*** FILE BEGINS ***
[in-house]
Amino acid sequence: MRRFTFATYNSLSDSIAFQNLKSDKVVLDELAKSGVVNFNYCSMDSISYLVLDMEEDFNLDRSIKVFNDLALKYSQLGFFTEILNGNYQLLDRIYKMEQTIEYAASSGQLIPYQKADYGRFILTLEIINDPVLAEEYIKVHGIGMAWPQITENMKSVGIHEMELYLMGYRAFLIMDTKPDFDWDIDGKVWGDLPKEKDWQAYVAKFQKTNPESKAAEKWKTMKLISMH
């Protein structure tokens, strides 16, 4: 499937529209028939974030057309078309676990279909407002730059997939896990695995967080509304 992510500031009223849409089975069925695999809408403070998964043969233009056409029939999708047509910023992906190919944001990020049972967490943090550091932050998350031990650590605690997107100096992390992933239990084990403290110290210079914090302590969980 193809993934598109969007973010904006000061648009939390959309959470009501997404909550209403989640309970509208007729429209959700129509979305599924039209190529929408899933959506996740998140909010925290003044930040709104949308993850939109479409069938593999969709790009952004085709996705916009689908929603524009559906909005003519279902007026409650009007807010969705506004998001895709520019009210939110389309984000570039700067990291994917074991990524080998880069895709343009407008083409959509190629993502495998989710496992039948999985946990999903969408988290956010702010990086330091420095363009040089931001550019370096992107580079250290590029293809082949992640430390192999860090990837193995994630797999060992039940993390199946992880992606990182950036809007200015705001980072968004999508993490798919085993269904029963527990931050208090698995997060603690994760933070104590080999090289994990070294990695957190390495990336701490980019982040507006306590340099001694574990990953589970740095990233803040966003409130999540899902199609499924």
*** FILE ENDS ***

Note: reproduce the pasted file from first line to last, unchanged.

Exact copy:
[in-house]
Amino acid sequence: MRRFTFATYNSLSDSIAFQNLKSDKVVLDELAKSGVVNFNYCSMDSISYLVLDMEEDFNLDRSIKVFNDLALKYSQLGFFTEILNGNYQLLDRIYKMEQTIEYAASSGQLIPYQKADYGRFILTLEIINDPVLAEEYIKVHGIGMAWPQITENMKSVGIHEMELYLMGYRAFLIMDTKPDFDWDIDGKVWGDLPKEKDWQAYVAKFQKTNPESKAAEKWKTMKLISMH
């Protein structure tokens, strides 16, 4: 499937529209028939974030057309078309676990279909407002730059997939896990695995967080509304 992510500031009223849409089975069925695999809408403070998964043969233009056409029939999708047509910023992906190919944001990020049972967490943090550091932050998350031990650590605690997107100096992390992933239990084990403290110290210079914090302590969980 193809993934598109969007973010904006000061648009939390959309959470009501997404909550209403989640309970509208007729429209959700129509979305599924039209190529929408899933959506996740998140909010925290003044930040709104949308993850939109479409069938593999969709790009952004085709996705916009689908929603524009559906909005003519279902007026409650009007807010969705506004998001895709520019009210939110389309984000570039700067990291994917074991990524080998880069895709343009407008083409959509190629993502495998989710496992039948999985946990999903969408988290956010702010990086330091420095363009040089931001550019370096992107580079250290590029293809082949992640430390192999860090990837193995994630797999060992039940993390199946992880992606990182950036809007200015705001980072968004999508993490798919085993269904029963527990931050208090698995997060603690994760933070104590080999090289994990070294990695957190390495990336701490980019982040507006306590340099001694574990990953589970740095990233803040966003409130999540899902199609499924």